People in West Leicestershire are being urged to sign up to become an Antibiotic Guardians by health leaders at NHS West Leicestershire Clinical Commissioning Group (CCG) ahead of European Antibiotics Awareness Day on 18 November.
It is estimated that, unless we halt the growing resistance which our bodies are developing to antibiotics, by 2050 10 million deaths per year worldwide will be attributed to antibiotic resistance, which is mainly caused by inappropriate use and overuse. That is 1.8 million more than will be attributed to cancer  and an increase of over 14 times the current figure of 700,000 deaths per year.
Between April 2014 and March 2015 almost 700,000 antibiotic prescriptions were issued by GPs in Leicester, Leicestershire and Rutland. Between April and August 2015 this year there have already been almost 250,000 prescriptions with the busy winter period still to come. Antibiotics are important medicines for treating infections caused by bacteria. However, resistance to antibiotics is rapidly increasing, with some countries seeing drug resistance rates more than double in the past five years. Research has shown that over use of antibiotics can leave people susceptible to other infections such as MRSA and Clostridium difficile that are harder to treat.
Resistance is also caused when antibiotics are not taken for the fully prescribed course. Taking only a partial course of antibiotics means that bacteria will be exposed to the antibiotic but are not given a strong enough course to kill them, resulting in the bacteria surviving and replicating. Consequently, future strains may be more likely to mutate and develop resistance. A survey found that a quarter of people who are prescribed antibiotics do not finish the prescribed course. Skipping doses, not taking the doses at correct intervals, saving some for later and sharing antibiotics with others also increase the risk of antibiotic resistance developing.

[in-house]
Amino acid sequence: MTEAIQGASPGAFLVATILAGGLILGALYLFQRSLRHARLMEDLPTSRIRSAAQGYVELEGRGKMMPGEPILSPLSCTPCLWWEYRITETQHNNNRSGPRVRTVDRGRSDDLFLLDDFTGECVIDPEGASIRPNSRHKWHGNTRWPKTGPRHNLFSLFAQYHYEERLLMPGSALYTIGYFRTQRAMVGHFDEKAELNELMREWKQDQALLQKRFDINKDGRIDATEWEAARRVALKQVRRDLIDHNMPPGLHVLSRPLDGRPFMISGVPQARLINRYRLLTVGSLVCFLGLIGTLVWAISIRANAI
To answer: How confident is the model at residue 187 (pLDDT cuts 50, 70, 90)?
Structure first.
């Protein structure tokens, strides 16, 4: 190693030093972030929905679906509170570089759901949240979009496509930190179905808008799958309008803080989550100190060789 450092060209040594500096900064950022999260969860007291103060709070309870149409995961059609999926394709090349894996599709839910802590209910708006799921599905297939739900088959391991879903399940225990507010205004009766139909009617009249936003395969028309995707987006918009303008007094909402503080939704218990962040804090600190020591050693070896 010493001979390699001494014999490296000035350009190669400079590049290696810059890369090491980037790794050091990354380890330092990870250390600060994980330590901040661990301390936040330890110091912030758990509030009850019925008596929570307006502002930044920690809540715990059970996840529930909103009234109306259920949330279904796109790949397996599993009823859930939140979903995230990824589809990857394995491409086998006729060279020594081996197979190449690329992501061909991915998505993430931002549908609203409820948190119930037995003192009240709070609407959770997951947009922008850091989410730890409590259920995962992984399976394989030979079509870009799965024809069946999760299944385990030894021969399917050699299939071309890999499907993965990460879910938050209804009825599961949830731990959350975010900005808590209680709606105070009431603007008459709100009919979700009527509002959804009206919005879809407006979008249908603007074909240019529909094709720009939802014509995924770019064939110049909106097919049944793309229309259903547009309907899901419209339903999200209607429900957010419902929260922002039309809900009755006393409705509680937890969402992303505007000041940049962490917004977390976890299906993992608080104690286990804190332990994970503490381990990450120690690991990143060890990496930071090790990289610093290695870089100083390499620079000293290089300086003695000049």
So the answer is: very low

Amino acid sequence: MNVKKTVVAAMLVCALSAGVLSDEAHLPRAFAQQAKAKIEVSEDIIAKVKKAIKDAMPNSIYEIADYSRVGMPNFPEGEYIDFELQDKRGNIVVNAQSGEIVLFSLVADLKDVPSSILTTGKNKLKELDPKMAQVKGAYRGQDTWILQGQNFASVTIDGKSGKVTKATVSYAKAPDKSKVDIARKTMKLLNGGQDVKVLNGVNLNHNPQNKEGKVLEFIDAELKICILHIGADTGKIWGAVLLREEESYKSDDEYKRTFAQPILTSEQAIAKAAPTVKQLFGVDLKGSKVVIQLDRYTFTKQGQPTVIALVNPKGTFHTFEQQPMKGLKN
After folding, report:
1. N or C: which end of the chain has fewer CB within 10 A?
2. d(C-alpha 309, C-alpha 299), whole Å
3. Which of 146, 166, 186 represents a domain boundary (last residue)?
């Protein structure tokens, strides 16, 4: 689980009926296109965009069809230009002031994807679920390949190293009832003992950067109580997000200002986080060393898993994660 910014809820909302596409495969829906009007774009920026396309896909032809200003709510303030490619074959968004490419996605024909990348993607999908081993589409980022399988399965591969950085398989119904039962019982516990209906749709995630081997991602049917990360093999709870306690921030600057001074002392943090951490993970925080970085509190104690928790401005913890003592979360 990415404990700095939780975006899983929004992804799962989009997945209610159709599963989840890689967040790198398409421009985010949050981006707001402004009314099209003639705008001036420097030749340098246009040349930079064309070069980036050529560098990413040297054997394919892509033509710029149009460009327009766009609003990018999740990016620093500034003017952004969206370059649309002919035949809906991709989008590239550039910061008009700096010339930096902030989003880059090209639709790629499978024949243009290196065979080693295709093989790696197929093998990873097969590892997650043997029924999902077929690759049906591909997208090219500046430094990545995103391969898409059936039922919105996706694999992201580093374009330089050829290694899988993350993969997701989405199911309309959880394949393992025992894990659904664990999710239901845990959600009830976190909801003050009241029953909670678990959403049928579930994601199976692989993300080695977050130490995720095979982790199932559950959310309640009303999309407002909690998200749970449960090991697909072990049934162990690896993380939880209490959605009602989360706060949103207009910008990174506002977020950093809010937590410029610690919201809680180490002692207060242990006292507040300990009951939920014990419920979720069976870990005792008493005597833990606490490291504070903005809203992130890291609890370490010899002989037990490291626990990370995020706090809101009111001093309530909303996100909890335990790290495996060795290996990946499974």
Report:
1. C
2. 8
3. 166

Antibiotics do not cure viral infections such as colds and flu. Most sore throats, coughs and earaches are also viral and antibiotics will not work in these cases either. Antibiotics could actually make problems worse if they are not needed, causing side effects such as rashes, thrush, stomach pains, diarrhoea and reactions to sunlight, to name but a few *. In cases of viral infections, people are being urged to visit their community pharmacist for advice on symptom relief and self-care.
Professor Mayur Lakhani, a GP in Sileby and Chair of NHS West Leicestershire CCG, said: “Antibiotic resistance is one of the biggest health threats facing us today. Unless we start using antibiotics appropriately, routine procedures such as setting broken bones, basic operations and having chemotherapy will become increasingly dangerous. So, we are asking everyone in West Leicestershire to become Antibiotic Guardians and to make a pledge as to how they will use these vital medicines better.
“If your doctor prescribes you a course of antibiotics, it’s important to take it, and to take the full course prescribed. However, most common illnesses, such as coughs, colds, sore throats and stomach upsets, will get better by themselves without the need for antibiotics. If we look after antibiotics now, and make sure we only use them when we really need to, then they will continue to work. I’ve already signed up to be an Antibiotic Guardian, and I’m urging the people of West Leicestershire to do the same, and protect them for future generations.”
Everyone can become an Antibiotic Guardian by visiting www.antibioticguardian.com and choosing a simple pledge about how they will make better use of antibiotics.
 Statistic taken from “Antimicrobial Resistance: Tackling a Crisis for the Health and Wealth of Nations”. UK Prime Minister, The Rt Hon David Cameron MP, commissioned Jim O’Neill in July 2014 to chair this review on antimicrobial resistance.
 NHSBSA Prescription Services ePACT data.
* NHS Choices http://www.nhs.uk/NHSEngland/ARC/Pages/AboutARC.aspx